Skip to Content

Fruitcake – The Holiday F-Word

This holiday Fruitcake is loaded with candied cherries, pecans, and pineapple preserves. It is the fruitcake to bake for the season.

Which holiday dessert has a bad rap? You know the one found in countless jokes and comedic situations. It is made fun of in movies, TV shows, and all over the internet. Even hearing or reading the word brings up a negative reaction for most people. I participated in a foodie twitter chat recently and as soon as the word was tweeted it sparked a conversation. Most all the tweets/comments reflected the general not so good feelings toward this one dessert: Fruitcake

The negative feelings are justified by store-bought fruitcake. Those bricks are filled with mystery ingredients of all colors, unpleasant textures, and indescribable flavors. Blech. Just looking at one makes me cringe. Some people do like those fruitcake bricks and my father was one of them. My mom would buy one for him every year. He was the only one in the family to eat it.

There is such a thing as good fruitcake. Yes, it’s true. All it takes is one that is homemade using a tried and true recipe. It does not have mystery ingredients. The main ingredients are pecans, candied cherries, and pineapple preserves. How could that be anything but delicious? Just take a look:

Fruitcake

Call it “Cherry Pecan Cake” if you do not want to use the f-word. I won’t tell anyone if you don’t. Your secret is safe with me. Give fruitcake a second chance. You never know, it may be a part of your holiday baking from now on.

Fruitcake
3.5 from 8 votes
Print

Fruitcake

This holiday Fruitcake is loaded with candied cherries, pecans, and pineapple preserves. It is the fruitcake to bake for the season.
Course Dessert
Cuisine American
Prep Time 25 minutes
Cook Time 3 hours
Total Time 3 hours 25 minutes
Servings 12 to 16 servings
Author Renee Dobbs

Ingredients

  • 1 pound candied cherries
  • 1 cup unsalted butter at room temperature
  • 1 cup granulated sugar
  • 5 large eggs at room temperature
  • 1 teaspoon vanilla extract
  • 1 teaspoon lemon extract
  • 2 cups all-purpose flour
  • ½ teaspoon salt
  • 1 jar pineapple preserves 16 ounces
  • 4 cups pecan halves

Instructions

  1. Preheat oven to 250°F. Grease and flour a 10-inch tube pan.
  2. Cut cherries in half and set aside.
  3. In a large bowl, cream butter and sugar until light and fluffy. Add eggs one at a time mixing well after each addition.
  4. Add vanilla and lemon extracts and mix well.
  5. Whisk together flour and salt in a medium bowl.
  6. Add flour and mix until combined.
  7. Stir in pineapple preserves, cherries, and pecans.
  8. Pour into prepared tube pan. Bake for 3 hours or until a toothpick inserted in cake comes out clean.
  9. Cool cake completely in pan.
  10. Remove cake from pan and transfer to a cake plate.

Recipe Notes

This holiday Fruitcake is loaded with candied cherries, pecans, and pineapple preserves. It is the fruitcake to bake for the season.

Recipe Rating




Ann

Sunday 23rd of December 2018

I use candied pineapple which is at Walmart and most grocery stores.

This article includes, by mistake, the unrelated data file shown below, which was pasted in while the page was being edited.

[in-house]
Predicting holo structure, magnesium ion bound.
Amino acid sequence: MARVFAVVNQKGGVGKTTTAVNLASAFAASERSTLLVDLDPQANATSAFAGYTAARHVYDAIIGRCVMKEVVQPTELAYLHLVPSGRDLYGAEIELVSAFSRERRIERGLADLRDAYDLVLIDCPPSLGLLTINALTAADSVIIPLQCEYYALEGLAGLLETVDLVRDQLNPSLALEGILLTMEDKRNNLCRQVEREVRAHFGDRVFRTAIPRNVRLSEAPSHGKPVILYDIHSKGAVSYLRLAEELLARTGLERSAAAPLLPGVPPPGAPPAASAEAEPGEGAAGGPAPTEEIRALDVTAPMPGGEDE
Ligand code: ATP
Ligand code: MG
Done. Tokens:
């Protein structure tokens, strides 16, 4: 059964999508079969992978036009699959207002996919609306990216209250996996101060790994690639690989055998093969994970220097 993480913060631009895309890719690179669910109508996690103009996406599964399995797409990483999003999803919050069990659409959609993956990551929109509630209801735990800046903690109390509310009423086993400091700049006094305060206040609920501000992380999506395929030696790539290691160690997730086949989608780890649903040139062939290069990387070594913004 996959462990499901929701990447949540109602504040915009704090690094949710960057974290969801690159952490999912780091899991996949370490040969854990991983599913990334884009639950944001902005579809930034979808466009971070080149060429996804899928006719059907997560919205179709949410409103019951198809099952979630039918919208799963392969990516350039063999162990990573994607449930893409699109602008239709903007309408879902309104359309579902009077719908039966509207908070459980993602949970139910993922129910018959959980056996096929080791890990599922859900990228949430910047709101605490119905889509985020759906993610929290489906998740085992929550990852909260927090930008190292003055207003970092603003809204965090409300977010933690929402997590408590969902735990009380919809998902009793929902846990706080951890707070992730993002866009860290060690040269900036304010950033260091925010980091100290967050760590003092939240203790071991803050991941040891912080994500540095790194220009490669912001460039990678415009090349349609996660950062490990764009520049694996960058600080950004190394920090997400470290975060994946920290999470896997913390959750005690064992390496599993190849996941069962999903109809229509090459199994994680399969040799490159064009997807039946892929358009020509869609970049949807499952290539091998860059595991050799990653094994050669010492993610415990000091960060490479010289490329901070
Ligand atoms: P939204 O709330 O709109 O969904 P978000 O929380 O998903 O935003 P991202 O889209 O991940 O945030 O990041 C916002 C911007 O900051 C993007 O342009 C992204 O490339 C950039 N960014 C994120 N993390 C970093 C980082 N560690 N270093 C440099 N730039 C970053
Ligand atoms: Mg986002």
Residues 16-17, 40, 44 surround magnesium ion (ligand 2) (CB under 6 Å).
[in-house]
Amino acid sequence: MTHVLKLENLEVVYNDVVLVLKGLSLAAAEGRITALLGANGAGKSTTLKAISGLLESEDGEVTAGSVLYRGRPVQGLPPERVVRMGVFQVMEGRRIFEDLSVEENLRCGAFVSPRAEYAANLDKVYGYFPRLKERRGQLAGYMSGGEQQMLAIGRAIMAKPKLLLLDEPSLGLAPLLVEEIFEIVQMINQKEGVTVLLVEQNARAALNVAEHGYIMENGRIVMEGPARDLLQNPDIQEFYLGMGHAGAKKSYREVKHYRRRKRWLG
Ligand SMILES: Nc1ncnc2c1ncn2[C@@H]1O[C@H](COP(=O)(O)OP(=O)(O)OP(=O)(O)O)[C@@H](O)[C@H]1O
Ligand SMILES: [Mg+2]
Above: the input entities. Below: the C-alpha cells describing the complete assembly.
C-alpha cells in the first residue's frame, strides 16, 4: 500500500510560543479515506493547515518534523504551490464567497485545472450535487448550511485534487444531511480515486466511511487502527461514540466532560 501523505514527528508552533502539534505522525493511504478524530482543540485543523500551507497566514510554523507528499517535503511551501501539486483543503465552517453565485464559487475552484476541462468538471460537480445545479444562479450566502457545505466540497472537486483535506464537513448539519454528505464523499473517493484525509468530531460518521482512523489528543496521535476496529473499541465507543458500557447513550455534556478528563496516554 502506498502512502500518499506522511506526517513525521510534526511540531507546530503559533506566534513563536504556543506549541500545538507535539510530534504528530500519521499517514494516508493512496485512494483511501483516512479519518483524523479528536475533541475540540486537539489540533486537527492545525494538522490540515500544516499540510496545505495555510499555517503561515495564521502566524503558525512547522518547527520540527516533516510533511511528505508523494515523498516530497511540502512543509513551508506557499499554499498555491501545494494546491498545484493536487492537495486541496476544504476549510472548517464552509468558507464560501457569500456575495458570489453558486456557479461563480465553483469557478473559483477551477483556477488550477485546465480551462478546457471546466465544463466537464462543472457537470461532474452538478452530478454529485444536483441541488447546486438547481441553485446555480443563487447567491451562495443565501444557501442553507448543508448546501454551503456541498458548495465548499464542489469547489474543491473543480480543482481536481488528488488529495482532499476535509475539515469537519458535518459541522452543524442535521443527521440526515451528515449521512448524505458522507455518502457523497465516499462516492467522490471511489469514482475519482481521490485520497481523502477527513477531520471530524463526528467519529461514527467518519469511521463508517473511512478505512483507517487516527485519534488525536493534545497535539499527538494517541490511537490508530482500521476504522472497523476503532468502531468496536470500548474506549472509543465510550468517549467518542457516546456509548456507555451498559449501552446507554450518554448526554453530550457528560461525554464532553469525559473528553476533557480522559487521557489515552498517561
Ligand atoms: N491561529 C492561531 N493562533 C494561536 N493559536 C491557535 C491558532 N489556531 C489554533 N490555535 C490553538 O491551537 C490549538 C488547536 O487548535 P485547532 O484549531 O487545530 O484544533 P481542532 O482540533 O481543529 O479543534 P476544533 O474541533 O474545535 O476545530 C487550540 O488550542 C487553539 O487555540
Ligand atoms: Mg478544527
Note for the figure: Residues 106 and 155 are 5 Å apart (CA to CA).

Rae Schimmel

Sunday 10th of December 2017

Just seeing your pecan and cherry fruitcake recipe now! Not sure what preserves are, Is it jam?

Katie Moseman

Sunday 10th of December 2017

Yes, it's jam. Preserves or jam will have chunks or bits of pineapple in it. That's the kind you want- not a "jelly" which is clear like Jell-o.

Jana Kay

Thursday 18th of December 2014

I really want to make this cake but do not have the type of pan listed and I'm wondering what other pans I might use such as small loaf pans would work. If the small loaf pans would work how long would I need to bake the small pans. Also, I cannot find pineapple preserves in my rural community so need suggestions for substitutions. I'm beginning to wonder now if it wasn't meant for me to make this but I so want to try to make it. Any help would be so appreciated. Thanks!

Renee

Thursday 18th of December 2014

I am sure you can use other preserves similar to pineapple and they would work fine (perhaps apricot?). As far as the pan, you really need a tube pan because I have a suspicion it would not come out of a loaf or other pan without the ability to lift out the center like a tube pan. Once the glaze soaks in it is very sticky and may not come out of other pans.

Carol

Saturday 14th of December 2013

THANK YOU! My mother made is every year, and I have been searching high and low for the recipe! (We use maraschino cherries in ours).In our family, it is the taste of the holidays!

Renee

Saturday 21st of December 2013

You are very welcome! I hope this is the recipe you have been searching for. Enjoy the holiday!

amy @ fearless homemaker

Tuesday 13th of December 2011

ha! would you believe that i've never tried fruitcake in my entire life? it has such a bad reputation nowadays that it hasn't appeared at most parties i've been to, + at the ones where it has, i've been afraid to eat it! =) i'm definitely going to give it a try now, because i trust your judgement!

Renee

Tuesday 13th of December 2011

Thanks Amy! I do admit that a lot of fruitcakes are not so good. I've tried many of them. This is my favorite (obviously) and I have been baking it for many years.